Increased survival of persons with tuberculosis and human immunodeficiency virus infection, 1991-2000

Michael K. Leonard, Nina Larsen, Henning Drechsler, Henry Blumberg, Jeffrey L. Lennox, Martha Arrellano, Jennifer Filip, C. Robert Horsburgh

Research output: Contribution to journalArticle

38 Scopus citations

Abstract

To determine factors associated with the occurrence of human immunodeficiency virus (HIV) infection and tuberculosis (TB) disease (HIV-TB) and the associated survival rate, we analyzed patients with HIV-TB at Grady Memorial Hospital, Atlanta, Georgia, from 1991 through 2000. Overall, 644 patients with HIV-TB were seen. The number of HIV-TB cases per year was highest in 1992 (102 cases) and declined to 39 cases in 2000. Over time, patients were more likely to be enrolled in the HIV outpatient clinic (P<. 01), but, in 1997, only 21 (51%) of 41 patients were enrolled in HIV-infection care programs and only 9 (22%) of 41 received HAART. The 1-year survival rate for patients with HIV-TB was 58% in 1991, 81% in 1994, and 83% in 1997 (P<. 001). The increase in survival for patients with HIV-TB between 1991 and 1994 was likely due to improved TB and HIV therapy. More effective strategies for enrolling and maintaining HIV-TB patients in HIV-infection care programs could further increase survival.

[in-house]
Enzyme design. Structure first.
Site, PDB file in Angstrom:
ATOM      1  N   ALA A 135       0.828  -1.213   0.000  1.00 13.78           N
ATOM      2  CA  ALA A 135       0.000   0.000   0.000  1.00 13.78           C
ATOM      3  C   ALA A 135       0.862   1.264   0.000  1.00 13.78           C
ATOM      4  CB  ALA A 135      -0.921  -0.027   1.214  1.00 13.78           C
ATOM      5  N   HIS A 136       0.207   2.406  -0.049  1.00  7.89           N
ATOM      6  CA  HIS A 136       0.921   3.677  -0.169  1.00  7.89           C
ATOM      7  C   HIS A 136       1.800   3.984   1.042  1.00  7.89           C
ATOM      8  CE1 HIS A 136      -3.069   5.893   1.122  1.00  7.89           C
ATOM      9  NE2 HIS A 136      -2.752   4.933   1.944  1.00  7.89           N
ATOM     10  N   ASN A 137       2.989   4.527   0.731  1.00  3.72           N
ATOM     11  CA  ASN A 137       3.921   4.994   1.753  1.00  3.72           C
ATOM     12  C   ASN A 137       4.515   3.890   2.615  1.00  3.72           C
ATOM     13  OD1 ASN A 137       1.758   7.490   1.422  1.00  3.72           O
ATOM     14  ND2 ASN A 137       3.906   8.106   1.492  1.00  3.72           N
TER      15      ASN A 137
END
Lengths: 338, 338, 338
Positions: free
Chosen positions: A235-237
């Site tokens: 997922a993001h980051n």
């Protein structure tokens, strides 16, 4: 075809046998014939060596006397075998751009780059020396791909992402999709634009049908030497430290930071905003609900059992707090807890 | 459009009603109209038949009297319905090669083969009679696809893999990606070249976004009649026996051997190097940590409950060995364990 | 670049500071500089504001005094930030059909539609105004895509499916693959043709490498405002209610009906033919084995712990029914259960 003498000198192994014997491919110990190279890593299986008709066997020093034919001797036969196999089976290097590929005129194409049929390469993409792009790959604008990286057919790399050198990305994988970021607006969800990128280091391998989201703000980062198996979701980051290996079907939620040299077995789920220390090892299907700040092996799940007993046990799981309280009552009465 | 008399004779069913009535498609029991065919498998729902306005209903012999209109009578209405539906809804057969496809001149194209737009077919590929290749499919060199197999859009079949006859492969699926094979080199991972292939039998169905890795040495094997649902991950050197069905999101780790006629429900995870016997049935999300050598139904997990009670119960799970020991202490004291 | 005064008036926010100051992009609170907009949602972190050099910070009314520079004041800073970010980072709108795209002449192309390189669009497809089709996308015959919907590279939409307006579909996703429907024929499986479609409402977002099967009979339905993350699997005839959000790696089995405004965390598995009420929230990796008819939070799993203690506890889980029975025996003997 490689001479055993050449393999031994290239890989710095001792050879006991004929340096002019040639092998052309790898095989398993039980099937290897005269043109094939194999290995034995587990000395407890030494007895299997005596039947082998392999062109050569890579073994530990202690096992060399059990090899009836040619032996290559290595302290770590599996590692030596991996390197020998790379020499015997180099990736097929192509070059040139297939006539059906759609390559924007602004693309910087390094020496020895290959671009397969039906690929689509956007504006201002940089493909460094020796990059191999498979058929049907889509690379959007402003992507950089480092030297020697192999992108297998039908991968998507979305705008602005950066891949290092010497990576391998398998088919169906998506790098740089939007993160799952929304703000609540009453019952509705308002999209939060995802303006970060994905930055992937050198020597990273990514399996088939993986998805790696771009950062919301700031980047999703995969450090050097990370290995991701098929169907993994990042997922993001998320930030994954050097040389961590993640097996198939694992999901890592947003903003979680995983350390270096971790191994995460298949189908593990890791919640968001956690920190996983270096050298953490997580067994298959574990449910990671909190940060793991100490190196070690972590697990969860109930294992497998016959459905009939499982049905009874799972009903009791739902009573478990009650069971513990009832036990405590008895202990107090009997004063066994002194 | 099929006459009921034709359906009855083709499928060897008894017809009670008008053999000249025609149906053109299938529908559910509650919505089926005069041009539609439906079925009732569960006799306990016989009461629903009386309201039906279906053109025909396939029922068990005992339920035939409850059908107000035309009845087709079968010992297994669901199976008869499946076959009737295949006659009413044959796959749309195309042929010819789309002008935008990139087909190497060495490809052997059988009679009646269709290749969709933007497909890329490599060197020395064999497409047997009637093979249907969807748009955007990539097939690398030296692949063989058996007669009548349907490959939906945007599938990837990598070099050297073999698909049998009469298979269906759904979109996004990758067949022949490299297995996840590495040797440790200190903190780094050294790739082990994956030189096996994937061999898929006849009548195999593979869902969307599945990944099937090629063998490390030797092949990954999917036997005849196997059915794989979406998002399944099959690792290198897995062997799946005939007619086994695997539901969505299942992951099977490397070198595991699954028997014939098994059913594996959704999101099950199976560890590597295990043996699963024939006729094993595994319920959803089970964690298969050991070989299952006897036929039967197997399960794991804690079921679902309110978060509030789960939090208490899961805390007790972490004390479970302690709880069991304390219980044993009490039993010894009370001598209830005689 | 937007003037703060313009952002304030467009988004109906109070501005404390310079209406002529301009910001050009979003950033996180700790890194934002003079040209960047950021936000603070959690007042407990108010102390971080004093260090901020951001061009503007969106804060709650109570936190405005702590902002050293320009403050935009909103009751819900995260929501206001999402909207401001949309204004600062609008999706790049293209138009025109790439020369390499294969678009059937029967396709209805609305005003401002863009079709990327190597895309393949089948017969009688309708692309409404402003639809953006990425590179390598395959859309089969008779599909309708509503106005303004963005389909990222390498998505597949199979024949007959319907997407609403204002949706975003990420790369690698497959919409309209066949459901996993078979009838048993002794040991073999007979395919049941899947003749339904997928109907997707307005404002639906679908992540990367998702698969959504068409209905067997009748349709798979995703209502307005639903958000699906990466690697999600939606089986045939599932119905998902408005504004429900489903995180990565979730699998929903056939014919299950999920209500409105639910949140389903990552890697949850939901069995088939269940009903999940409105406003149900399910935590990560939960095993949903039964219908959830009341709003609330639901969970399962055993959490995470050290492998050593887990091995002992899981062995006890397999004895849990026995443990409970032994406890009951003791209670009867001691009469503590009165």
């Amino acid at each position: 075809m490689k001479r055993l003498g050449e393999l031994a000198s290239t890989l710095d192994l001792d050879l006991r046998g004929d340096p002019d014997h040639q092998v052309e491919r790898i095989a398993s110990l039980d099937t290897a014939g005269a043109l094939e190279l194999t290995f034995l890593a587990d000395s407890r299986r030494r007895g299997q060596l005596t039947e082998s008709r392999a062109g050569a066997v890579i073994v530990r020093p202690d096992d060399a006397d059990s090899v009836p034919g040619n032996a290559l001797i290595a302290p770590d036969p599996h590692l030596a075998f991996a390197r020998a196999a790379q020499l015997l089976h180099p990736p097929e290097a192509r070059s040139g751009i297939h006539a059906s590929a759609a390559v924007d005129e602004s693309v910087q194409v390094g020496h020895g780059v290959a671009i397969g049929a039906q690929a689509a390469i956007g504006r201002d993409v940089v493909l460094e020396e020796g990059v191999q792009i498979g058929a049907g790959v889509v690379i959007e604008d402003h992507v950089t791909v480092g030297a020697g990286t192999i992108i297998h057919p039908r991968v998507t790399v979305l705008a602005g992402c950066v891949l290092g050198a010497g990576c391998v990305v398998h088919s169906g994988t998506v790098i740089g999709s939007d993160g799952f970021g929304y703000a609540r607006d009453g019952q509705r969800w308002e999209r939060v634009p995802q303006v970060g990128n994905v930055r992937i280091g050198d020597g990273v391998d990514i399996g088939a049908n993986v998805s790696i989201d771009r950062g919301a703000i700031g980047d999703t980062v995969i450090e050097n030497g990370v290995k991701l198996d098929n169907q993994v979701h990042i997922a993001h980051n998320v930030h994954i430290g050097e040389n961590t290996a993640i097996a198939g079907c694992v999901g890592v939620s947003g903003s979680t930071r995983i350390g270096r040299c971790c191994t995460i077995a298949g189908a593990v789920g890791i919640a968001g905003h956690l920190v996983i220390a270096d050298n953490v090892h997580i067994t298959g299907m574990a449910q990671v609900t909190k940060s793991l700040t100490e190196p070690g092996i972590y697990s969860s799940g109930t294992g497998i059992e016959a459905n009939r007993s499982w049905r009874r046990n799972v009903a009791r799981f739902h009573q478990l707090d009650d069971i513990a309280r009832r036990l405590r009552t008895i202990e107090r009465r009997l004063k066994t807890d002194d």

Original languageEnglish (US)
Pages (from-to)1002-1007
Number of pages6
JournalClinical Infectious Diseases
Volume34
Issue number7
DOIs
StatePublished - Apr 1 2002

ASJC Scopus subject areas

  • Microbiology (medical)
  • Infectious Diseases

Fingerprint Dive into the research topics of 'Increased survival of persons with tuberculosis and human immunodeficiency virus infection, 1991-2000'. Together they form a unique fingerprint.

  • Cite this

    Leonard, M. K., Larsen, N., Drechsler, H., Blumberg, H., Lennox, J. L., Arrellano, M., Filip, J., & Horsburgh, C. R. (2002). Increased survival of persons with tuberculosis and human immunodeficiency virus infection, 1991-2000. Clinical Infectious Diseases, 34(7), 1002-1007. https://doi.org/10.1086/339448